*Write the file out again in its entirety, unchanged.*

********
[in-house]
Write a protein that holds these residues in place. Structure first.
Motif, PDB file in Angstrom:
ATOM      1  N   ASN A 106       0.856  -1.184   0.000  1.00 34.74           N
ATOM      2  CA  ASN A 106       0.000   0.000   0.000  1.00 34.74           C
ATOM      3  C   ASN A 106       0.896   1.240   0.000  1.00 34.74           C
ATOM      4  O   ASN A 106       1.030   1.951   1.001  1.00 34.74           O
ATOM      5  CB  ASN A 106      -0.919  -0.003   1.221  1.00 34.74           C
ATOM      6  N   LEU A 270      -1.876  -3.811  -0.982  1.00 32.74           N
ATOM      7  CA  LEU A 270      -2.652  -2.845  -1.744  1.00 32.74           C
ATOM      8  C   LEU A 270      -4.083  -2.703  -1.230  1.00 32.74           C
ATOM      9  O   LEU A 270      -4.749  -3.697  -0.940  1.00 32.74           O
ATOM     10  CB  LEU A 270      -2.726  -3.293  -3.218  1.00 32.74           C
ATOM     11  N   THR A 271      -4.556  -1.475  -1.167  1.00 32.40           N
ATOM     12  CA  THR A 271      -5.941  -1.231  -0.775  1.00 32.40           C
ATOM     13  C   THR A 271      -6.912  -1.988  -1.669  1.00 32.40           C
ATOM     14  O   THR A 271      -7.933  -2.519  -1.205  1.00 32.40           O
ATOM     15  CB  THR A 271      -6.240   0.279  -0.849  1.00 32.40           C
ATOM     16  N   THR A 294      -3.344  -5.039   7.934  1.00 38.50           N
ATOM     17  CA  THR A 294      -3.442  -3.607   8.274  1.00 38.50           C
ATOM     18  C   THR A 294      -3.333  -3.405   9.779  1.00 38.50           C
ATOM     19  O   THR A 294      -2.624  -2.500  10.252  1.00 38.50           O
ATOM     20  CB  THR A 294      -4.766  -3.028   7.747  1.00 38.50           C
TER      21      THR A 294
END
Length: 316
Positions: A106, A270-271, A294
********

[in-house]
Write a protein that holds these residues in place. Structure first.
Motif, PDB file in Angstrom:
ATOM      1  N   ASN A 106       0.856  -1.184   0.000  1.00 34.74           N
ATOM      2  CA  ASN A 106       0.000   0.000   0.000  1.00 34.74           C
ATOM      3  C   ASN A 106       0.896   1.240   0.000  1.00 34.74           C
ATOM      4  O   ASN A 106       1.030   1.951   1.001  1.00 34.74           O
ATOM      5  CB  ASN A 106      -0.919  -0.003   1.221  1.00 34.74           C
ATOM      6  N   LEU A 270      -1.876  -3.811  -0.982  1.00 32.74           N
ATOM      7  CA  LEU A 270      -2.652  -2.845  -1.744  1.00 32.74           C
ATOM      8  C   LEU A 270      -4.083  -2.703  -1.230  1.00 32.74           C
ATOM      9  O   LEU A 270      -4.749  -3.697  -0.940  1.00 32.74           O
ATOM     10  CB  LEU A 270      -2.726  -3.293  -3.218  1.00 32.74           C
ATOM     11  N   THR A 271      -4.556  -1.475  -1.167  1.00 32.40           N
ATOM     12  CA  THR A 271      -5.941  -1.231  -0.775  1.00 32.40           C
ATOM     13  C   THR A 271      -6.912  -1.988  -1.669  1.00 32.40           C
ATOM     14  O   THR A 271      -7.933  -2.519  -1.205  1.00 32.40           O
ATOM     15  CB  THR A 271      -6.240   0.279  -0.849  1.00 32.40           C
ATOM     16  N   THR A 294      -3.344  -5.039   7.934  1.00 38.50           N
ATOM     17  CA  THR A 294      -3.442  -3.607   8.274  1.00 38.50           C
ATOM     18  C   THR A 294      -3.333  -3.405   9.779  1.00 38.50           C
ATOM     19  O   THR A 294      -2.624  -2.500  10.252  1.00 38.50           O
ATOM     20  CB  THR A 294      -4.766  -3.028   7.747  1.00 38.50           C
TER      21      THR A 294
END
Length: 316
Positions: A106, A270-271, A294